School Open Days are usually held in the Autumn term because parents are asked to make an application for school places in January. The deadline in Cumbria is the 15th January. However, Borrowdale School, like most other schools, will allow your child to join at any time during the year. So any day is a good day for an open day and we’ll be opening our doors for prospective families on Wednesday this week.
If you are looking for a school for your child, you will probably have already done some research. Maybe you’ve compared the schools’ websites and Facebook pages? But please don’t rely on the schools’ marketing materials alone.
To get behind the gloss, there’s nothing like actually visiting the school. Often, you’ll know instinctively if you like the school. Seeing the school in action and watching how teachers and pupils interact will give you the best picture of the ethos and nature of the relationships in the school.
Which brings me to the first ‘not to do’…
1. Don’t think you have to take your child to the Open Day
If your child is mature enough to come along, then definitely take them with you. Watch their reactions to what they hear and see. Encourage them to ask questions. Their views matter. Take note of how the teachers respond to them.
But… the decision is up to you. If your child is still young and you know that he or she may be a distraction, think twice. Will your little one be shouting out: “Mummy can we go now?’ while you try and quiz the head teacher? Then maybe consider going alone on your first visit to the school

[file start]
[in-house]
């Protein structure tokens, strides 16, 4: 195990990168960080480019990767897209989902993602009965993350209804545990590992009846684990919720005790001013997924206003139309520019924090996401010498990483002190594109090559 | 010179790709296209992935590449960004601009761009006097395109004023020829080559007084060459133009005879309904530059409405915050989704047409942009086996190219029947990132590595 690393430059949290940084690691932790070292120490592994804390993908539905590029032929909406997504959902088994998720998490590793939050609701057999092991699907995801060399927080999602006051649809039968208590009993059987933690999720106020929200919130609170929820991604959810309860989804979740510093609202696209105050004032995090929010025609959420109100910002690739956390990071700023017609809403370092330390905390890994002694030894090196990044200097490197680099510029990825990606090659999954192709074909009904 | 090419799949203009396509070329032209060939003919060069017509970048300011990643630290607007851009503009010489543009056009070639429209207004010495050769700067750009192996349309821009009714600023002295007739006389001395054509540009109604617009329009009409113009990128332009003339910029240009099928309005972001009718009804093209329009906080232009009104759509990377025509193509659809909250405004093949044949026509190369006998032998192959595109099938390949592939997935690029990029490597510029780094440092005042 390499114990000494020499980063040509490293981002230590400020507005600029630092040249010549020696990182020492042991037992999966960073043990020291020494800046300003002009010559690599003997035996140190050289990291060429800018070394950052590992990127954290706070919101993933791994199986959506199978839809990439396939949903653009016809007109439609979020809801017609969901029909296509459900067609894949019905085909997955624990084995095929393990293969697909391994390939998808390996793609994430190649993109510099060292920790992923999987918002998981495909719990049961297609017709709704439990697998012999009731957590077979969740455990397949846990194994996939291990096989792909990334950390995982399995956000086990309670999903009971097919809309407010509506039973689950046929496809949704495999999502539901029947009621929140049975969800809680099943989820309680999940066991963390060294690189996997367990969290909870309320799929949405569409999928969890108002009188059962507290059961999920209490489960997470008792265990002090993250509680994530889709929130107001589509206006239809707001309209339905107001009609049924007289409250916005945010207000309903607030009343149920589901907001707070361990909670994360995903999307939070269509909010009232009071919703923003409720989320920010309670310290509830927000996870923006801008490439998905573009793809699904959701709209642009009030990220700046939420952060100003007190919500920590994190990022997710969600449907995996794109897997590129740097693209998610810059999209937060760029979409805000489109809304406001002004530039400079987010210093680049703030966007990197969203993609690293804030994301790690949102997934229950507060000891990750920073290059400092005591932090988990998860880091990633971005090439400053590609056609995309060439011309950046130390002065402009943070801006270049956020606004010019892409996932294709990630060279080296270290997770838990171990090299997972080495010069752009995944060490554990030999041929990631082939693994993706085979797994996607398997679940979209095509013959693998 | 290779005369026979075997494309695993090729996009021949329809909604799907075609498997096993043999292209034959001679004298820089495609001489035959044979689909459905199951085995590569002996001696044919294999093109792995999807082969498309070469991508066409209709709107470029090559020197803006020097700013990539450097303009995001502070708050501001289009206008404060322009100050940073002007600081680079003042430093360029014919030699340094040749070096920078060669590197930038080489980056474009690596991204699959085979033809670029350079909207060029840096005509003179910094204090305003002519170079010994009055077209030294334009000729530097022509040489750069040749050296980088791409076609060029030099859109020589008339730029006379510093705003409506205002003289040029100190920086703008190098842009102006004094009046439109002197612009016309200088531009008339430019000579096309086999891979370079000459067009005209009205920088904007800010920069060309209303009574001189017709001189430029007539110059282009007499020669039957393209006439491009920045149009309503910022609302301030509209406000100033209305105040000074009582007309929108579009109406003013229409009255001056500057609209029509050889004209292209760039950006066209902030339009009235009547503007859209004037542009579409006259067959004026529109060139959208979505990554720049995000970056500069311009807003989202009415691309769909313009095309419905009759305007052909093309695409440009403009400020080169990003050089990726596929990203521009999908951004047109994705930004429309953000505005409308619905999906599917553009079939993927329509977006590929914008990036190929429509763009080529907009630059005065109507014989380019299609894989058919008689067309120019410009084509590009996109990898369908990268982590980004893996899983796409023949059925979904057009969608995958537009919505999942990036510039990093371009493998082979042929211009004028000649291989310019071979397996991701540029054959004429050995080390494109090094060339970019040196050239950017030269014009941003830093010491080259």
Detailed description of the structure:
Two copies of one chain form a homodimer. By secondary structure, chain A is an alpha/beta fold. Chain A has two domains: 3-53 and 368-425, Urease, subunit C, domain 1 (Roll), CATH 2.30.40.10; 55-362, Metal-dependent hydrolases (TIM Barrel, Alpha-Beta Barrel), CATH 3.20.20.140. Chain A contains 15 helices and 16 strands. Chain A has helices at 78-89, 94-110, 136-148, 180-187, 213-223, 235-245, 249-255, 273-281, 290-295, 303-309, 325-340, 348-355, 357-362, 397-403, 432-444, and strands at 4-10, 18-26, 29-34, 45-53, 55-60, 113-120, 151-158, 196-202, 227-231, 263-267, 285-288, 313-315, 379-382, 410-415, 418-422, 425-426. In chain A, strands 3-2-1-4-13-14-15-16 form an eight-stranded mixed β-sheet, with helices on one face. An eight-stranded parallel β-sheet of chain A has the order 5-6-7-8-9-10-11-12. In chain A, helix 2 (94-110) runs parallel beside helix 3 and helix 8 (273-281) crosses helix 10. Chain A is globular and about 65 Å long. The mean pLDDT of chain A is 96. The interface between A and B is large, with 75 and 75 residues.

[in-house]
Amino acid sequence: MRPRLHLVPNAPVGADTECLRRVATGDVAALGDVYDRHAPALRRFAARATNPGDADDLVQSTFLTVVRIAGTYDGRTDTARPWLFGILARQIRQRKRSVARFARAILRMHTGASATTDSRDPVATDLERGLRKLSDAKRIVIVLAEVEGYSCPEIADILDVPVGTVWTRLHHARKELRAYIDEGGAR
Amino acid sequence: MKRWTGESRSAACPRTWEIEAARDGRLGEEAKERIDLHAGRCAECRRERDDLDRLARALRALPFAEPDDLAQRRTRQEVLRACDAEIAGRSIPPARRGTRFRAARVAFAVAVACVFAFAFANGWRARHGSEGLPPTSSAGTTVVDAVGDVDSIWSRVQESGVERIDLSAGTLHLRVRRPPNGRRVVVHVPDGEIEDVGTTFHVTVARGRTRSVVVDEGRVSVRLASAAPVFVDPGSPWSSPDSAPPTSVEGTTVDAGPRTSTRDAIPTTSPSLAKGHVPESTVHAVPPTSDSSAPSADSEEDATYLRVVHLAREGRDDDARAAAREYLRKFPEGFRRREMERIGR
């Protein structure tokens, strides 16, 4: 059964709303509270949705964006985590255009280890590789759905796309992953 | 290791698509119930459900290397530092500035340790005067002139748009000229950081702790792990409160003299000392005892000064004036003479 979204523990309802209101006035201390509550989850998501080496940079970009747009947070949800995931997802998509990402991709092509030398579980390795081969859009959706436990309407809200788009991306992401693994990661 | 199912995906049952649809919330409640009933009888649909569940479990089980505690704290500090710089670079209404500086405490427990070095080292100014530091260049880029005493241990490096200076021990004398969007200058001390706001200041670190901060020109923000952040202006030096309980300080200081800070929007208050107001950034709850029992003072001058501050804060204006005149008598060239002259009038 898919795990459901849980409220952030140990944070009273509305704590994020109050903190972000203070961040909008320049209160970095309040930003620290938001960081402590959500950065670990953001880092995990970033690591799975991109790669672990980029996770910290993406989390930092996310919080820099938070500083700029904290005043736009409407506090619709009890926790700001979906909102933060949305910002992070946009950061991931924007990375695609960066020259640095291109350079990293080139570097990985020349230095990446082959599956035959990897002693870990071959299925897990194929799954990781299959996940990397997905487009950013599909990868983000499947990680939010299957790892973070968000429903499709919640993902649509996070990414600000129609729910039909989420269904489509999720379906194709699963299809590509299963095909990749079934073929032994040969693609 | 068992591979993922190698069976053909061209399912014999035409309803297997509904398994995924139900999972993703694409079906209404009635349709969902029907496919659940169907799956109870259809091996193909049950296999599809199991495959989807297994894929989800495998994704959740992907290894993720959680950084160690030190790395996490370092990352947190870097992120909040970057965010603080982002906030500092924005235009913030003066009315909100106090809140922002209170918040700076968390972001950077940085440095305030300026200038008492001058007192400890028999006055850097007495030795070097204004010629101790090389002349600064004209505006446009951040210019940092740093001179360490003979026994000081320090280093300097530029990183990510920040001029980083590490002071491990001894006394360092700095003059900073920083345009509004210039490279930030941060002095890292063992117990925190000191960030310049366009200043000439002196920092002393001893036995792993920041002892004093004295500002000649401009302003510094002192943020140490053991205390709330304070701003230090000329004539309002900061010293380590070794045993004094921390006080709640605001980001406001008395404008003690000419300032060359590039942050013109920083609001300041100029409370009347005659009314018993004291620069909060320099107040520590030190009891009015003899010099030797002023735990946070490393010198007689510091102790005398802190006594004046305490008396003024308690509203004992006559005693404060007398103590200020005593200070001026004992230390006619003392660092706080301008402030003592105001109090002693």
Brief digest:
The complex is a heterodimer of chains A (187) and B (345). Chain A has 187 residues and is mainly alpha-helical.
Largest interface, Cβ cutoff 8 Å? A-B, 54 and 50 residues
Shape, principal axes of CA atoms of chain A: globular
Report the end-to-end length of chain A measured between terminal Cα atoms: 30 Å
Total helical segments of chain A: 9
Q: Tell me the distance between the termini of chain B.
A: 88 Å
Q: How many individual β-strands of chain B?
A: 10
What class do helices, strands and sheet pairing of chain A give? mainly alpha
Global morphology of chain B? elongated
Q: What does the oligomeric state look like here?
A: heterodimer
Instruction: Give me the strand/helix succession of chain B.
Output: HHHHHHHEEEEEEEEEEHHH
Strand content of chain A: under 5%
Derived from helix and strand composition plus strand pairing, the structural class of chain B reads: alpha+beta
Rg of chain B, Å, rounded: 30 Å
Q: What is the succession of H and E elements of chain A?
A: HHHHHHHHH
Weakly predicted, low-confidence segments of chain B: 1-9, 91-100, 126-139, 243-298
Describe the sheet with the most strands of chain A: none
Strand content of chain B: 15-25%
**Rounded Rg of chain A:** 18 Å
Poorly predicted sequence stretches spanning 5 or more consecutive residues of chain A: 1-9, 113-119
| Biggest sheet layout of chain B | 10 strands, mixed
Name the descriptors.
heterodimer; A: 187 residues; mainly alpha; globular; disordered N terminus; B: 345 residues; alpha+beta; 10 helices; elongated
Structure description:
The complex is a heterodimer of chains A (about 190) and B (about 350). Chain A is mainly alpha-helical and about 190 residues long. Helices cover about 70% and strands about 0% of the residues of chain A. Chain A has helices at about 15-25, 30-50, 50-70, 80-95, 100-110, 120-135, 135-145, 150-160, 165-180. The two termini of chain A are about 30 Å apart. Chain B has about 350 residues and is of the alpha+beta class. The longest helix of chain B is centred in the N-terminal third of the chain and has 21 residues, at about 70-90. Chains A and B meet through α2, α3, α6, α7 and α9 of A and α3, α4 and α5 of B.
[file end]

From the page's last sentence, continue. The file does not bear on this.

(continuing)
Your aim is to get a real feel for the school. So, if you know your child is going to make it impossible for you to concentrate, leave them behind (for now). If you do like the school, you can arrange another visit or a taster day for your child.
2. Don’t rely on the school inspection report or league tables
This may seem a strange thing to say because our inspection reports are glowing! However, inspection reports and league tables give an overview of standards at a snapshot in time. Sadly, they tell little about a school’s ethos. Nor whether it’s a happy school with an enriching wider curriculum and great care for the children. Only you can decide that.
Ofsted publications are a good starting point, but don’t rely on the report or SATs results as a meaningful indicator of the teaching standards. Teaching to test is what some schools have done to remain high up in the Ofsted league tables.
No inspection report will tell you if it’s the right school for your child. You’ll probably know instinctively when you actually go into the school if you like the ‘vibe’
3. Don’t believe ‘staged’ events
Let’s face it, every Open Day is ‘show-time’ for a school. But we deliberately plan our Open Days in normal school hours. You get to see a normal school day, with normal school children going about their normal business.
4. Don’t turn down the opportunity to chat with a pupil
Notice if they are polite and articulate. Are they modest but assured? Or a brash smarty-pants? Watch how pupils interact with their peers and their teachers. Are they enjoying the day or does it seem like a chore? Ask them all the questions you like. Just chat away. Ask them:
Remember that many children are unable to compare schools because they haven’t been to other schools. You can be a little clever with your quizzing; children give refreshingly honest answers!